How to Construct a Bird-Friendly Yard

How to Construct a Bird-Friendly Yard
  • Opening Intro -

    Not all home projects are particularly complex, tedious and expensive.

    Your backyard offers just the right kind of project millions of Americans favor and that is creating a bird-friendly area where your neighborhood fluttering friends can congregate, feed, bathe and nest.

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For less than $100 and for just a few hours of your time, you can create a bird-friendly environment. Certainly, you can invest more money if you want to develop a larger or more complex bird habitat, but you don’t have to. Let’s take a look at some ideas on how to transform your yard into an aviarist delight.

Birding essentials — Before getting started, please know that birds want three things from you: food, water and cover. The latter may already be in abundance, particularly if your yard has a number and variety of trees, bushes and other greenery. Birds need a place to nest and places to hide out to avoid predators and escape bad weather.

Water — The easiest way to bring water to the birds is to set out a bird bath, keeping it cleaned and filled. You can choose a hanging bird bath, one that can dangle from a tree limb or post, or a pedestal bath and place the latter in the middle of a garden. You can also build a shallow pond for birds to use. Instructions can be found in the resource section under “Building a Small Pond.”

Food — Offer a variety of foods for birds and you’ll attract a variety of birds. Worried about squirrels? You can either provide a separate feeding stations for your furry tailed rodents and hope that they are attracted to that or you can put out safflower seed which is something squirrels do not like. Yes, safflower seed costs more, but you won’t have the pilfering of sunflower and other seeds that squirrels love, which drives up your bird food costs. Some mixes also include liquid habanero chili peppers, giving squirrels additional reasons to stay away without harming birds.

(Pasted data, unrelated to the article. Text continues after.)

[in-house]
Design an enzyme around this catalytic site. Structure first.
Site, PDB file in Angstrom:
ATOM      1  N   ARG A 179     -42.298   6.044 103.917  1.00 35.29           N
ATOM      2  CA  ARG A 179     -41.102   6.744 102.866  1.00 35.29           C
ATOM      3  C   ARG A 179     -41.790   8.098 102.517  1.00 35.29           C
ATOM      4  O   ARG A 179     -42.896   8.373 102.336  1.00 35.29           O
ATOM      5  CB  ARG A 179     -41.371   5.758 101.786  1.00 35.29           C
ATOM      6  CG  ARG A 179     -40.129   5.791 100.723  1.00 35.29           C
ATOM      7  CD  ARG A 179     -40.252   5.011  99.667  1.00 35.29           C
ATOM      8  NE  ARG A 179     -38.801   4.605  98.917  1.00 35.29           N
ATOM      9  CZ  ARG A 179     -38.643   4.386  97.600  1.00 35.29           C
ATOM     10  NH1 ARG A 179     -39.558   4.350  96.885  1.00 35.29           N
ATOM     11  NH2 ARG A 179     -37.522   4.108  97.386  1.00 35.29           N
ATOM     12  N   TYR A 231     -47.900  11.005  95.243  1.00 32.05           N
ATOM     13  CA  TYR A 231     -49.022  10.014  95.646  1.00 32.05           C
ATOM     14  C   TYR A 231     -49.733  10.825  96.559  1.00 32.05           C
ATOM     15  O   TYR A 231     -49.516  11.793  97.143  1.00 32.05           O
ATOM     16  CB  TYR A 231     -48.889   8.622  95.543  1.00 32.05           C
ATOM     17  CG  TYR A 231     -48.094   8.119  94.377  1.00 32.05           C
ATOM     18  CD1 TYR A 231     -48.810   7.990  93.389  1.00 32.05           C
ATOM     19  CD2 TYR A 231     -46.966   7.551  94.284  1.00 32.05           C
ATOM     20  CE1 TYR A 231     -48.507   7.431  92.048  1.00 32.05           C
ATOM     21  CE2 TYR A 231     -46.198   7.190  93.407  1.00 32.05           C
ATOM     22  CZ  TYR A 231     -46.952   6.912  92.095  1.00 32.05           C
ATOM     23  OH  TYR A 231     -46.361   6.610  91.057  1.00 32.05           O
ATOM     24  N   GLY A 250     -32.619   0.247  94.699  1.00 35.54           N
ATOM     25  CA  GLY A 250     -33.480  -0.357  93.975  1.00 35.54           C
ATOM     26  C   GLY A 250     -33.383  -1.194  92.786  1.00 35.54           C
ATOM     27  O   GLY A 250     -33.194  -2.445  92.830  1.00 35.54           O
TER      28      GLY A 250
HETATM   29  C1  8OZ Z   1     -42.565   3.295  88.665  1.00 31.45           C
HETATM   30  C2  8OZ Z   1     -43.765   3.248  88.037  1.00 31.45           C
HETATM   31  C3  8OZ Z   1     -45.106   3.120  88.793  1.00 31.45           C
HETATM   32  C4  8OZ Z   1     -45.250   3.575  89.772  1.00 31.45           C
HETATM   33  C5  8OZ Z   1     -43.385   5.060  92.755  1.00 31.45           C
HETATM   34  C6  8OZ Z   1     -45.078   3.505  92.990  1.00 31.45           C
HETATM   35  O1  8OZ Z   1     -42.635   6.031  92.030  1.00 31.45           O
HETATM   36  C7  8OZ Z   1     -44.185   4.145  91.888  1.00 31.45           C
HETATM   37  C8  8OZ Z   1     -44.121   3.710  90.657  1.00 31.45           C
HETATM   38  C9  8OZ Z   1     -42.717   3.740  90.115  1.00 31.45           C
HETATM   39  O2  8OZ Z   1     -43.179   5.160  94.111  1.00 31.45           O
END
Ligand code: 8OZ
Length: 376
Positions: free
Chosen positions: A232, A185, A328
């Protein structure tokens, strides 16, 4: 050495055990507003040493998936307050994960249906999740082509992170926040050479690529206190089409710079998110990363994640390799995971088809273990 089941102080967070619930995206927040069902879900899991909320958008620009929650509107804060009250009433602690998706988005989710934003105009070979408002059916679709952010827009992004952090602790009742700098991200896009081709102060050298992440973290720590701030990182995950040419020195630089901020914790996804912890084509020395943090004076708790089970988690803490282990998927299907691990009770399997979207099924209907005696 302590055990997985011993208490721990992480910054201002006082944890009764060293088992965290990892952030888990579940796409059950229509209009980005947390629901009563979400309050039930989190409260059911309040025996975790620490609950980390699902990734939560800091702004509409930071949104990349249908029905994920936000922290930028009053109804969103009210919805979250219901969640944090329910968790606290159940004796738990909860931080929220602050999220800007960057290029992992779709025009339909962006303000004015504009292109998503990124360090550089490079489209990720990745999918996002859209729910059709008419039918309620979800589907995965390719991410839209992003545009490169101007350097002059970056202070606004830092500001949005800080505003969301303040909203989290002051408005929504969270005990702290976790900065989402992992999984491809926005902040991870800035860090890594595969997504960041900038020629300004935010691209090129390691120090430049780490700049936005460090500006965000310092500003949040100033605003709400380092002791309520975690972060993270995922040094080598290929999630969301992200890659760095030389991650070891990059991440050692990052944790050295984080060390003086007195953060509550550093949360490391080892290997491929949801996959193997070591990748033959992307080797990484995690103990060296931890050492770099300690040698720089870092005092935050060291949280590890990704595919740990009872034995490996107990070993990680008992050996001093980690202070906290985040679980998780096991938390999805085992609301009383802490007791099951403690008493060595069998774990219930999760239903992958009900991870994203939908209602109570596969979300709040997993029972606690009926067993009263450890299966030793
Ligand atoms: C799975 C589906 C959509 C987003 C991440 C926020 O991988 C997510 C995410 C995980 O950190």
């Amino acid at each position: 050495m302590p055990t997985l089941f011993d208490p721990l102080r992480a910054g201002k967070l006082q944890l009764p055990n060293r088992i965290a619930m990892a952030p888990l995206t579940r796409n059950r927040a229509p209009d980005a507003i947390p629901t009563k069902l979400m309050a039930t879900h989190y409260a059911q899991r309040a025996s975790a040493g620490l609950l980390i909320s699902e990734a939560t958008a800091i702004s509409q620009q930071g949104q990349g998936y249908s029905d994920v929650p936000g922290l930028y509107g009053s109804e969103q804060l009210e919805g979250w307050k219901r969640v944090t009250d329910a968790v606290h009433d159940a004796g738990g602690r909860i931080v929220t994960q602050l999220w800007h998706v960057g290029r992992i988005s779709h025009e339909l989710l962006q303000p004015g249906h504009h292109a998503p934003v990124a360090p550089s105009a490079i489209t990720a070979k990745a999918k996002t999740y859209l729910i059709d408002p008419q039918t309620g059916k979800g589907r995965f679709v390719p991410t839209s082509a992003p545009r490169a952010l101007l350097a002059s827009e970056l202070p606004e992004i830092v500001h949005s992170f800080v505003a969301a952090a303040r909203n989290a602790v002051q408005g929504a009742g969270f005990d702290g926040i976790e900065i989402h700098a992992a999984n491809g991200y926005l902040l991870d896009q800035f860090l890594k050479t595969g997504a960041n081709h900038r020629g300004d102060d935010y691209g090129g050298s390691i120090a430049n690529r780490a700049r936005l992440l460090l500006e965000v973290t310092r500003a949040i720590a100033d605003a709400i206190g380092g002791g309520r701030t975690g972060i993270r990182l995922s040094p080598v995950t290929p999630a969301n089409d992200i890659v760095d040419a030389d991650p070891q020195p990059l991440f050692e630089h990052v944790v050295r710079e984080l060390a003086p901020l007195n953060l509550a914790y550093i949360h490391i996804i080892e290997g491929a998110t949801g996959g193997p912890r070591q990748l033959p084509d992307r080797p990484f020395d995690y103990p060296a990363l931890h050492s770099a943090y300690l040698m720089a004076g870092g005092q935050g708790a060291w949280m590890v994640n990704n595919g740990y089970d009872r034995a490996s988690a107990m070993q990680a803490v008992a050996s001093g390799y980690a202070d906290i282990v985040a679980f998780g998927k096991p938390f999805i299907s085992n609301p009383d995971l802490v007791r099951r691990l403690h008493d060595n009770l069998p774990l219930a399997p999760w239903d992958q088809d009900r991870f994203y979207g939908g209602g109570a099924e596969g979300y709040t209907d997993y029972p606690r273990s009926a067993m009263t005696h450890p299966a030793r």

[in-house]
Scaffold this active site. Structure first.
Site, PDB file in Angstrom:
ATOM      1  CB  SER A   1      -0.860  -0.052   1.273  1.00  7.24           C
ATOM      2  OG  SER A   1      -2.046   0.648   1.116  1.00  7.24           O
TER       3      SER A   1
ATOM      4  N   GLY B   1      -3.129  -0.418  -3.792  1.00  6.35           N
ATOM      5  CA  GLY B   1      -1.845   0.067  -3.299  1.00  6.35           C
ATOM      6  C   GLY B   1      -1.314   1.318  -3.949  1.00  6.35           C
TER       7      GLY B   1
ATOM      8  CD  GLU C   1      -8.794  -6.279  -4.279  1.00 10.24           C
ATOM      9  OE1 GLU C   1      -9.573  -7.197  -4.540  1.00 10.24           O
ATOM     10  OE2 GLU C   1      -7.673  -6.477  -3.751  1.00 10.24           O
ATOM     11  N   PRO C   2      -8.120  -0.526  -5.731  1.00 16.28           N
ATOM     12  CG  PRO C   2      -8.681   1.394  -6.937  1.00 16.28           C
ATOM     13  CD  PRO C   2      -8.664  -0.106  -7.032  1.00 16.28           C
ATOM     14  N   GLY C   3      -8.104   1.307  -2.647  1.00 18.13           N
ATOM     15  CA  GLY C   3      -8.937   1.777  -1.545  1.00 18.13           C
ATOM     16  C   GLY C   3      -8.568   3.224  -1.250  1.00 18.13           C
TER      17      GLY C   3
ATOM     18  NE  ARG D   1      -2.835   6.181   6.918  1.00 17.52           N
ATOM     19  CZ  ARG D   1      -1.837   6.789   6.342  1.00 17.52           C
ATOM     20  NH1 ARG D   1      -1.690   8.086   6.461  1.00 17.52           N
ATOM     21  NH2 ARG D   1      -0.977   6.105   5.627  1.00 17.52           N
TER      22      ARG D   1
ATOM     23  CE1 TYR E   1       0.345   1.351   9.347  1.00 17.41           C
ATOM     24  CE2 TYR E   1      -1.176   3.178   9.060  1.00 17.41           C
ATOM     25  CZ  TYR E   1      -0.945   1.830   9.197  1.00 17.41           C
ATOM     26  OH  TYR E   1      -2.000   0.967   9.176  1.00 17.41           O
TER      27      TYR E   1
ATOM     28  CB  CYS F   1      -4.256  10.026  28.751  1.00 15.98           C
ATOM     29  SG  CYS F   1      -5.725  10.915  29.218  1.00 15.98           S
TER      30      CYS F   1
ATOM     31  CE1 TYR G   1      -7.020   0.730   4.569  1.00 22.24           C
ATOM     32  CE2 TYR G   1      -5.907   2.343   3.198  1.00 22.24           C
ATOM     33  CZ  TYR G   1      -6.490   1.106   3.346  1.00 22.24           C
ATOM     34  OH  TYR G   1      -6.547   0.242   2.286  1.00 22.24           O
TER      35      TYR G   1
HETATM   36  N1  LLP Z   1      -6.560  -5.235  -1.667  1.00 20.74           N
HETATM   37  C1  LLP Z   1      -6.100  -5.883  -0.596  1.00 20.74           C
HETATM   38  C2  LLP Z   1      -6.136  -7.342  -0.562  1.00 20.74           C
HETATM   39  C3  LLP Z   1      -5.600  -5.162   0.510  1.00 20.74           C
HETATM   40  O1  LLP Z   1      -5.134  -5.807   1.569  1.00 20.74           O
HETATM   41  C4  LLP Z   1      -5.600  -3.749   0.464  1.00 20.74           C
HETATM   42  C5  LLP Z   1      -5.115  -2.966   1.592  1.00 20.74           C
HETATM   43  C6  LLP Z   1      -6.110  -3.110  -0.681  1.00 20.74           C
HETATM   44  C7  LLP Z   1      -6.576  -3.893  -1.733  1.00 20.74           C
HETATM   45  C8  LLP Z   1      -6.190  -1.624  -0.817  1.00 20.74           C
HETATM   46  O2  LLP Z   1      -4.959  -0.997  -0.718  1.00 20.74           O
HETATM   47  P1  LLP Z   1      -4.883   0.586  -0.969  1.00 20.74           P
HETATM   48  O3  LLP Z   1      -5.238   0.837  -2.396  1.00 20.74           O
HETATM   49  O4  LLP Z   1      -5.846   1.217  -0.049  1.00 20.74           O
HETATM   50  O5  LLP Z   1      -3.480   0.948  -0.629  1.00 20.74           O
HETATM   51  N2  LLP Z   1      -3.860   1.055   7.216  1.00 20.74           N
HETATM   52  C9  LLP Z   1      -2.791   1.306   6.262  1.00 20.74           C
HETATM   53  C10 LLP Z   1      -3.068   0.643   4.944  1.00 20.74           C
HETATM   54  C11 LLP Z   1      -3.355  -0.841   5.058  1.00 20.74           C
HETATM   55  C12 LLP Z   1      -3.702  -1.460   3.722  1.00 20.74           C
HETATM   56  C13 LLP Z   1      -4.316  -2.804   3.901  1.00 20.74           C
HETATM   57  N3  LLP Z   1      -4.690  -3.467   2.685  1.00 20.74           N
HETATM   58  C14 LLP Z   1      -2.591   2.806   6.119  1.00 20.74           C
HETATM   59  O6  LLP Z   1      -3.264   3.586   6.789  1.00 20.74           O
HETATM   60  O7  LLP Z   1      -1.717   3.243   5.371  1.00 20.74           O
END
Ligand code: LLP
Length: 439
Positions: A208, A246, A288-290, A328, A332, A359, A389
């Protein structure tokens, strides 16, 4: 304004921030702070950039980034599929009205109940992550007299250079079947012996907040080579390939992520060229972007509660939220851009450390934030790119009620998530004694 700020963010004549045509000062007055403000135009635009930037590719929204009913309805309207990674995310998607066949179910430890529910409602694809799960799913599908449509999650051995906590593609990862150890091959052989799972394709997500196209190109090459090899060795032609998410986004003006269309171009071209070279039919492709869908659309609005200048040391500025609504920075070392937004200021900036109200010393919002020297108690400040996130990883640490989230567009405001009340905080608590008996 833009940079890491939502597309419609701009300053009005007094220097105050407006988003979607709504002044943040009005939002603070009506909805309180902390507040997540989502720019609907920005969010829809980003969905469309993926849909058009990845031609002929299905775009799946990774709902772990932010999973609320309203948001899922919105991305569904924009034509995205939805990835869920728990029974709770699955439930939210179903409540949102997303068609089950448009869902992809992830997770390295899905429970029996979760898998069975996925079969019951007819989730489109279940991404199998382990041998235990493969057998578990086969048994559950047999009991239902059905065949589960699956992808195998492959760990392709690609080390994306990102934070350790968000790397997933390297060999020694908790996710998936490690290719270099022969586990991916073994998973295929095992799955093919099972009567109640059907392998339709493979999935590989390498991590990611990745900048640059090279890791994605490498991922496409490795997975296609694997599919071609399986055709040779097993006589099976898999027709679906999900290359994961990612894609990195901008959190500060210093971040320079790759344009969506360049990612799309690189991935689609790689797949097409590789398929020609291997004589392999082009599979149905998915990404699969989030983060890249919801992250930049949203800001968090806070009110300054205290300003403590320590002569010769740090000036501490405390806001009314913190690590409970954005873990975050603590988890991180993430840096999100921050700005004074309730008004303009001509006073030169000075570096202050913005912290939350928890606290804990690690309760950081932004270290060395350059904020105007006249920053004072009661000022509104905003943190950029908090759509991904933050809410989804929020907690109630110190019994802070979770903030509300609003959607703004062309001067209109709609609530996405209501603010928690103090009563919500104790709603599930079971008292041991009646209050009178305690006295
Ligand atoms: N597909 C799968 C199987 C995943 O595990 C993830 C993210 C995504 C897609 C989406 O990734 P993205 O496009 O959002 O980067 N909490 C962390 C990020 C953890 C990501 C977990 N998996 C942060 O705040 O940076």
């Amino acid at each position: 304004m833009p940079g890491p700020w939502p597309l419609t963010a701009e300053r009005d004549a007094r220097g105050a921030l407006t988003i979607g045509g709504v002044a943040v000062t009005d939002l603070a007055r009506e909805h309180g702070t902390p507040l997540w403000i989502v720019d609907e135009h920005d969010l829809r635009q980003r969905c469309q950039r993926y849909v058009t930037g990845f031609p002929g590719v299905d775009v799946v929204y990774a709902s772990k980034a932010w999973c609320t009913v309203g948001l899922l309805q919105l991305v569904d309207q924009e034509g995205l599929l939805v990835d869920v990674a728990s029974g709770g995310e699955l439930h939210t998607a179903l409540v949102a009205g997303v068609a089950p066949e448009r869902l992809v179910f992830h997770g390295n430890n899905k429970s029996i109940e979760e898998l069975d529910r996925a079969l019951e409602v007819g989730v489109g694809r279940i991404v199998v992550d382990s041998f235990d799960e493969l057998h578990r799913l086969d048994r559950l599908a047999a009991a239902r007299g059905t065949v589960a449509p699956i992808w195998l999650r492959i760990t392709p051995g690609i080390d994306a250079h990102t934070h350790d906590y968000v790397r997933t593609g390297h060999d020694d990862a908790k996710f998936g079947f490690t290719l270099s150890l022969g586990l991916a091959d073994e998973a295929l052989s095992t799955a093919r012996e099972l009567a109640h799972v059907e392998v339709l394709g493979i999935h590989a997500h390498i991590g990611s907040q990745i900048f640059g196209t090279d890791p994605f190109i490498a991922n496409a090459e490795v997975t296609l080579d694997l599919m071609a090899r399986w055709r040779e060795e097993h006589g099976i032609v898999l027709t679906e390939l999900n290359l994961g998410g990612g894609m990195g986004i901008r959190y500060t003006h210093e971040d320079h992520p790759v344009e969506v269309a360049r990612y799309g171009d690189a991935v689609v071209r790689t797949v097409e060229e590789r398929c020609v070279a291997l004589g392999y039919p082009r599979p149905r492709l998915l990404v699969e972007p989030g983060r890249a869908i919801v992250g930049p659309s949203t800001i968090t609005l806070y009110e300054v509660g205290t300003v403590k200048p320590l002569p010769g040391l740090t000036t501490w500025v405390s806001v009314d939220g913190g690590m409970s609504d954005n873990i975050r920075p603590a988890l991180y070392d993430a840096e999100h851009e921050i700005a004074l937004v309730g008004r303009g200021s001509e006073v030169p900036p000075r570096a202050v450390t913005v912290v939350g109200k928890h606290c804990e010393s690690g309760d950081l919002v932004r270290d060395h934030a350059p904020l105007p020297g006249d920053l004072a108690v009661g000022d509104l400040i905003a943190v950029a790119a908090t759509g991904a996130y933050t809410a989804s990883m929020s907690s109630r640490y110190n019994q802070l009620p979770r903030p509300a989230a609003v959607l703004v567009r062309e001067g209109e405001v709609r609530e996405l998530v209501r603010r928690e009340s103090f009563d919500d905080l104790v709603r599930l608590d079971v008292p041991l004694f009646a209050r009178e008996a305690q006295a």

Cover — With an abundance of foliage on your property, you don’t have to do anything to offer protection for birds. However, if you want to attract certain types of birds or to observe the comings and goings of various bird types, then bird houses can be a nice addition to your yard. The dimensions of your bird houses will determine what type of birds you attract from purple martins to wood ducks, tree swallows, house wrens, bluebird, nuthatches and chickadees. Check our resources for more information.

You can enhance your birding paradise by including a bench or swing nearby, offering you an outdoor respite for humans and birds alike. Experiment with the bird-friendly yard you’re attempting to create and know that you can always make changes later, expanding that environment as your budget permits.

Resources

A Bird’s Home; The Registry of Nature Habitats; Building a Small Pond

University of Illinois Extension; Outsmarting Squirrels at Birdfeeders; Feb. 11, 2009

The University of Maine Cooperative Extension; Birdhouse Basics; Catherine A. Elliott; 2004

 

Additional “Bird Feeding” Information:

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Categories: Yard and Garden

About Author

Matthew C. Keegan

Matt Keegan is a freelance writer and editor as well as publisher of "Auto Trends Magazine", an online publication. Matt covers campus, consumer, business and financial topics on various websites and weblogs, and has been published in the "Houston Chronicle", "Sam's Club Magazine" and "Wisconsin Golfer".